Shepherds and Sheep

The Good Shepherd, c. 300-350, at the Catacombs of Domitilla, Rome By Dnalor 01 - Own work, CC BY-SA 3.0, under wiki common license

The Good Shepherd, c. 300-350, at the Catacombs of Domitilla, Rome
By Dnalor 01 - Own work, CC BY-SA 3.0, under wiki common license

We are celebrating the 50 days of Easter when Jesus is often portrayed rescuing a wayward lamb. It is comforting to know that when I am lost, Jesus comes looking for me, even when I am the only who has strayed (Luke 15:3-7).

We read in John 10:11-13 that the sheep know their shepherd’s voice and will never follow a stranger. Over the past few years, I’ve been leaning closer in so that I won’t be confused by competing voices and wordly dangers, “The good shepherd lays down his life for the sheep. The hired hand is not the shepherd and does not own the sheep. So when he sees the wolf coming, he abandons the sheep and runs away. Then the wolf attacks the flock and scatters it. The man runs away because he is a hired hand and cares nothing for the sheep.”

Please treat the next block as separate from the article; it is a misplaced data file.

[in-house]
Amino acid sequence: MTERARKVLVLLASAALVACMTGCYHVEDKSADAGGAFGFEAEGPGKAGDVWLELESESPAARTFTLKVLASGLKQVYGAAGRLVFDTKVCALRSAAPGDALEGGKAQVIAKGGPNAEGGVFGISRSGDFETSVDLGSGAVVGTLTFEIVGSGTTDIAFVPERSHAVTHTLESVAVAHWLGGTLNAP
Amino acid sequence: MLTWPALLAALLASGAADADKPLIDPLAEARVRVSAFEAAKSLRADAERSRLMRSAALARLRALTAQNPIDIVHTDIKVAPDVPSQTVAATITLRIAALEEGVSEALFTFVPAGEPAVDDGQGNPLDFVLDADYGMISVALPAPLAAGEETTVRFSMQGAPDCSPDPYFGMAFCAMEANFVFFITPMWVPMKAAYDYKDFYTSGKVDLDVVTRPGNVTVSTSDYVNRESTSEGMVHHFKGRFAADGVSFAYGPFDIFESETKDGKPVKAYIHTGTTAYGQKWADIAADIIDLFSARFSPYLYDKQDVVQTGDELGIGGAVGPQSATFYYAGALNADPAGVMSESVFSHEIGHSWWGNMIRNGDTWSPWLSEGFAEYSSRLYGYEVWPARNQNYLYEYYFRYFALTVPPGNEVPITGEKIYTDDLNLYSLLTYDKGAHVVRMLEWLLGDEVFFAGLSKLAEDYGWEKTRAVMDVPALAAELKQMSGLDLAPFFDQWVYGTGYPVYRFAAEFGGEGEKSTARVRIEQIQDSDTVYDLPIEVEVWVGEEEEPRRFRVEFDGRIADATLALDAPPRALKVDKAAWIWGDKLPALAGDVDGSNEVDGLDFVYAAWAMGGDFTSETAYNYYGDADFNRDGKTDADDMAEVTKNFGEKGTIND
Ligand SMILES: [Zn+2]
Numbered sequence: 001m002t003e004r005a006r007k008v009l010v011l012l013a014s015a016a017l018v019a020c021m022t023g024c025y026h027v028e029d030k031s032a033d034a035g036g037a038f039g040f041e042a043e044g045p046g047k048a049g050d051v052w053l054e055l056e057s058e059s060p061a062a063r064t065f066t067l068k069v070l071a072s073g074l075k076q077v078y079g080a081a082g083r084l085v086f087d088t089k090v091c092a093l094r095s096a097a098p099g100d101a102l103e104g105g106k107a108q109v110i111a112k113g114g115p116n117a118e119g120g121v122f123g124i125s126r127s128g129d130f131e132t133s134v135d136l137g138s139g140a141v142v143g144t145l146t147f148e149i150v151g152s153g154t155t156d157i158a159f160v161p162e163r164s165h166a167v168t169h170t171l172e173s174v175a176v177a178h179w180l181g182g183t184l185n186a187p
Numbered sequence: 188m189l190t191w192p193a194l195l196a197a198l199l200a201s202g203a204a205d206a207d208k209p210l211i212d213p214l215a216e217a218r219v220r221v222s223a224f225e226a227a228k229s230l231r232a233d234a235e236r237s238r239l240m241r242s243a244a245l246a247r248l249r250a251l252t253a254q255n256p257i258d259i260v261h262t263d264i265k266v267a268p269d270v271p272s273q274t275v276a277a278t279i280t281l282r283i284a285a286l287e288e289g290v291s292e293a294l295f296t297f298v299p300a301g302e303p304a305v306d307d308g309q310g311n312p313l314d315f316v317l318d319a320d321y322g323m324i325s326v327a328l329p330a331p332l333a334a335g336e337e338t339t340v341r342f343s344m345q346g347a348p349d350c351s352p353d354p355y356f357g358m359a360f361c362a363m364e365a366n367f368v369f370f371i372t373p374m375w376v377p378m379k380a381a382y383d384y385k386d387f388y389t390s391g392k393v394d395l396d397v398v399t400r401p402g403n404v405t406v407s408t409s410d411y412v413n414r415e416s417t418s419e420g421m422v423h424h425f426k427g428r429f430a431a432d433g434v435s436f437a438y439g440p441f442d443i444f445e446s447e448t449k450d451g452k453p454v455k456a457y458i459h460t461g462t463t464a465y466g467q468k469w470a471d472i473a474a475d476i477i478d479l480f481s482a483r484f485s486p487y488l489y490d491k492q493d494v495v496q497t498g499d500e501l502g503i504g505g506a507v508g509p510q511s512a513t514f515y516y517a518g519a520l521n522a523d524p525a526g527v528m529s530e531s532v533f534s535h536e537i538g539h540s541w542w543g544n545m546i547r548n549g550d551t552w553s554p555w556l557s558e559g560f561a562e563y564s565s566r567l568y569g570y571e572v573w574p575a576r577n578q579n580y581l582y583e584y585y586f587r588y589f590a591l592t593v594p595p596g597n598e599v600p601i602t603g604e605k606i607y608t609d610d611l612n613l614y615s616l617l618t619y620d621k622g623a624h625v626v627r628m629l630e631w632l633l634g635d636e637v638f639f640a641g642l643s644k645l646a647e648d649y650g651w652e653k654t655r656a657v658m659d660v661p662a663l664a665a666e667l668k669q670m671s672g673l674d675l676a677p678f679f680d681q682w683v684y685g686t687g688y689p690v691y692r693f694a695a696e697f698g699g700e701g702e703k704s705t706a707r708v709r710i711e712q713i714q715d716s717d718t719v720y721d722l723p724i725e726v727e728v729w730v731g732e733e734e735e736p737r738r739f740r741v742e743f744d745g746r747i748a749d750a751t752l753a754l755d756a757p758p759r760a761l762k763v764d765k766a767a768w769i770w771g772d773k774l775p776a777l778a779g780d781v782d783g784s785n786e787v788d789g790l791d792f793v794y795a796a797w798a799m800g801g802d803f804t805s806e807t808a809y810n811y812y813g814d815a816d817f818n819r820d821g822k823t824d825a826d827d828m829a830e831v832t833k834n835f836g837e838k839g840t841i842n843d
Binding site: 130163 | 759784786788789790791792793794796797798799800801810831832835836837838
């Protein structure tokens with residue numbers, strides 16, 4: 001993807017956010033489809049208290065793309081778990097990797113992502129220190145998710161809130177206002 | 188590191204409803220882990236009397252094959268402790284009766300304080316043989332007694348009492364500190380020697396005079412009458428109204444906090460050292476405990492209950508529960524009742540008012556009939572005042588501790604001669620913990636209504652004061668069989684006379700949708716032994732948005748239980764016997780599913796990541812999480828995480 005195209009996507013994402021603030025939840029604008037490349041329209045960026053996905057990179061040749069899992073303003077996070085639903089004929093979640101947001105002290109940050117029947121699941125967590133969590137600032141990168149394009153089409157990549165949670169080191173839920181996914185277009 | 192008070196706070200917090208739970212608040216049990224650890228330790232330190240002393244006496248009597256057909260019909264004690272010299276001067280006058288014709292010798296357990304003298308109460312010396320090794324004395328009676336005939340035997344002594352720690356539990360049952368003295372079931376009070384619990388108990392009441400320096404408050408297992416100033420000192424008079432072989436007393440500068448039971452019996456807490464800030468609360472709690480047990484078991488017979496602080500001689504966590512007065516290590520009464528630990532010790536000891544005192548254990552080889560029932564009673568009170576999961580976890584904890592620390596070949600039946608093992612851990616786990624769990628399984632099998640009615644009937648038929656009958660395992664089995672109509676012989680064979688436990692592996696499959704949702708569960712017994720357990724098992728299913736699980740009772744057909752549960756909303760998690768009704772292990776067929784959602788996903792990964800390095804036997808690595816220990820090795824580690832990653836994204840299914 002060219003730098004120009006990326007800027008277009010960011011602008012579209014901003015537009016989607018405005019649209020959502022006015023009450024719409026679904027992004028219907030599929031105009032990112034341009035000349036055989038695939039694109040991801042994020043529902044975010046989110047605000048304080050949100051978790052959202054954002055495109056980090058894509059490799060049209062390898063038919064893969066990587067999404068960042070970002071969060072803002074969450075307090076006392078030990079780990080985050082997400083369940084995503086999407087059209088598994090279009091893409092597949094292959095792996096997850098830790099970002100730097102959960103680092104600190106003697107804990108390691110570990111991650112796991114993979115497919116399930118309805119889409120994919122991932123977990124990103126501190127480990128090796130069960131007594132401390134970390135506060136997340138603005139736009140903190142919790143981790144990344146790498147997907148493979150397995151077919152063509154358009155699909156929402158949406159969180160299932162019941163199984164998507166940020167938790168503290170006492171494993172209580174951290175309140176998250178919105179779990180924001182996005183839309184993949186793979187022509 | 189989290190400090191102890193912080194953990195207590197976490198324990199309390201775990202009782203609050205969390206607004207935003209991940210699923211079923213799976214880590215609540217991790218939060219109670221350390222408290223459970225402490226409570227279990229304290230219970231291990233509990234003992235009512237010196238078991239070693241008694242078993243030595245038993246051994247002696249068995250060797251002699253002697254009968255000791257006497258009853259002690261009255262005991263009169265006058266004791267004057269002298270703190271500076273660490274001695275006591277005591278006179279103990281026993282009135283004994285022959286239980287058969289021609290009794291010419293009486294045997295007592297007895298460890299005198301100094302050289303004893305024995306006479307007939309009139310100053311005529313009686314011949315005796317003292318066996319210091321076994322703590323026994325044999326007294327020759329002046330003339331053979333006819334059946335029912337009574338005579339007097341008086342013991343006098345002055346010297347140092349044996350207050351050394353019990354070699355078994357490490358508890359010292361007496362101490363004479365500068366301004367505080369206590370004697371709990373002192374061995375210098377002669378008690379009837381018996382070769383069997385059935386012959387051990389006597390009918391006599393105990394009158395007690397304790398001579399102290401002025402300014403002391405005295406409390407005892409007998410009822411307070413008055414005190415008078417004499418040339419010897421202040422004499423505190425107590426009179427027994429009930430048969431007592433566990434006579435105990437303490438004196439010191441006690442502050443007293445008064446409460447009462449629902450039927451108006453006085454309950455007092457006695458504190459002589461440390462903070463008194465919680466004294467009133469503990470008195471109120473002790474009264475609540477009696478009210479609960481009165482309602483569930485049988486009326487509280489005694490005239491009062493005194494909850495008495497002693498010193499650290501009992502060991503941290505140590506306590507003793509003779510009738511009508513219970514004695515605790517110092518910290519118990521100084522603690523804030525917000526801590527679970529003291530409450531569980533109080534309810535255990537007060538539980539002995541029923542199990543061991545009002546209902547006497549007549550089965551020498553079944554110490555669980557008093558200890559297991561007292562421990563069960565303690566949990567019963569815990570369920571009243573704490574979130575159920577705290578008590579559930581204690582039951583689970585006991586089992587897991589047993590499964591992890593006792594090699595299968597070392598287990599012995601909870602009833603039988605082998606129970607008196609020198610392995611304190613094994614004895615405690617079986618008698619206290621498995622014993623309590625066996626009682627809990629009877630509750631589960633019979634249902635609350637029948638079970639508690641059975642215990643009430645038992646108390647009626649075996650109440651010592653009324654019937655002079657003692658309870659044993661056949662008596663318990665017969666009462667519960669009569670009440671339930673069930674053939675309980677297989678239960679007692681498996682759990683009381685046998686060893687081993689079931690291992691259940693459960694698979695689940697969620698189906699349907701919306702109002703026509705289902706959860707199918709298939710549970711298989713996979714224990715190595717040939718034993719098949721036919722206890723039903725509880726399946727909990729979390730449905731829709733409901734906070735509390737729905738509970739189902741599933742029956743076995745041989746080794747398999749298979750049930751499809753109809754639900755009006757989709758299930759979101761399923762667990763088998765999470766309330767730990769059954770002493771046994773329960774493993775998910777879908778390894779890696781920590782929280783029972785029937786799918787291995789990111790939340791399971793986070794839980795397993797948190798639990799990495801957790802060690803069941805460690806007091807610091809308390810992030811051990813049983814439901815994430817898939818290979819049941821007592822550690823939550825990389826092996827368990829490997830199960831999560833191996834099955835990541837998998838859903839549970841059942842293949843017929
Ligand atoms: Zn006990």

I’m reading these Scripture verses with a new focus this year. Rather than consider myself as one of the fortunate sheep, I’m searching differently and asking, “How can I be more like Christ?”

We learn that Christ was moved with compassion when he saw the crowds being harassed and helpless like sheep (Matthew 9:36). Instead of competing daily with other sheep for recognition, prestige or position, we are commanded in 1 Peter 5:2-4 to move away from thinking of ourselves as the helpless sheep and moving on to thinking of ourselves as the shepherd:

“Be shepherds of God’s flock that is under your care, watching over them—not because you must, but because you are willing, as God wants you to be; not pursuing dishonest gain, but eager to serve; not lording it over those entrusted to you, but being examples to the flock. And when the Chief Shepherd appears, you will receive the crown of glory that will never fade away.”

This year, Easter has become a time for me of self-reflection asking, “Who is my flock?” I think first of family and friends but Christ has compassion for everyone he encounters. His grace and mercy aren’t limited to those people that he likes, Christ provides protection and love for everyone.

I want to be like the shepherd, not the hired hand.

Blessings, my friend,
Agatha